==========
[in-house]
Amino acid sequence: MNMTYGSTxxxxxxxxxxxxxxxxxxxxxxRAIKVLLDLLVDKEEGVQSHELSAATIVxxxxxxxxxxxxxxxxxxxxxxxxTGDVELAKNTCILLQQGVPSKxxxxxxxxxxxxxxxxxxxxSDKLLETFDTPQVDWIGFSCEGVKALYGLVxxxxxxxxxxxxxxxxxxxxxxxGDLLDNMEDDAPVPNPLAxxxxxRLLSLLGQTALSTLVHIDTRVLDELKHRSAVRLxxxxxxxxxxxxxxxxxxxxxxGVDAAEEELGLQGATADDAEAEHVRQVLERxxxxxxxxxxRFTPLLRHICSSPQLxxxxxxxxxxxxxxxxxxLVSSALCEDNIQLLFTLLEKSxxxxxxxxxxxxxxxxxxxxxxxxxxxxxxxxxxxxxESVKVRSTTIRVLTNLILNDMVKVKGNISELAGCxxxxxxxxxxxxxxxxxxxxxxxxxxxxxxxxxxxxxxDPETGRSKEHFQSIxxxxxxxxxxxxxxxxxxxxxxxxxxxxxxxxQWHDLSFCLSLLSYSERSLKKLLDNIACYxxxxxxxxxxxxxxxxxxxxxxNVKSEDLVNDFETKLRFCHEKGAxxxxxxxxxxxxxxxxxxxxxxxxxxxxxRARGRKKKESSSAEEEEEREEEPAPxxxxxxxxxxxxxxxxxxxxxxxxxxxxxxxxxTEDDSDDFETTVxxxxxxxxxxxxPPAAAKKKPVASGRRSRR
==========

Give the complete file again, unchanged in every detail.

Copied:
[in-house]
Amino acid sequence: MNMTYGSTxxxxxxxxxxxxxxxxxxxxxxRAIKVLLDLLVDKEEGVQSHELSAATIVxxxxxxxxxxxxxxxxxxxxxxxxTGDVELAKNTCILLQQGVPSKxxxxxxxxxxxxxxxxxxxxSDKLLETFDTPQVDWIGFSCEGVKALYGLVxxxxxxxxxxxxxxxxxxxxxxxGDLLDNMEDDAPVPNPLAxxxxxRLLSLLGQTALSTLVHIDTRVLDELKHRSAVRLxxxxxxxxxxxxxxxxxxxxxxGVDAAEEELGLQGATADDAEAEHVRQVLERxxxxxxxxxxRFTPLLRHICSSPQLxxxxxxxxxxxxxxxxxxLVSSALCEDNIQLLFTLLEKSxxxxxxxxxxxxxxxxxxxxxxxxxxxxxxxxxxxxxESVKVRSTTIRVLTNLILNDMVKVKGNISELAGCxxxxxxxxxxxxxxxxxxxxxxxxxxxxxxxxxxxxxxDPETGRSKEHFQSIxxxxxxxxxxxxxxxxxxxxxxxxxxxxxxxxQWHDLSFCLSLLSYSERSLKKLLDNIACYxxxxxxxxxxxxxxxxxxxxxxNVKSEDLVNDFETKLRFCHEKGAxxxxxxxxxxxxxxxxxxxxxxxxxxxxxRARGRKKKESSSAEEEEEREEEPAPxxxxxxxxxxxxxxxxxxxxxxxxxxxxxxxxxTEDDSDDFETTVxxxxxxxxxxxxPPAAAKKKPVASGRRSRR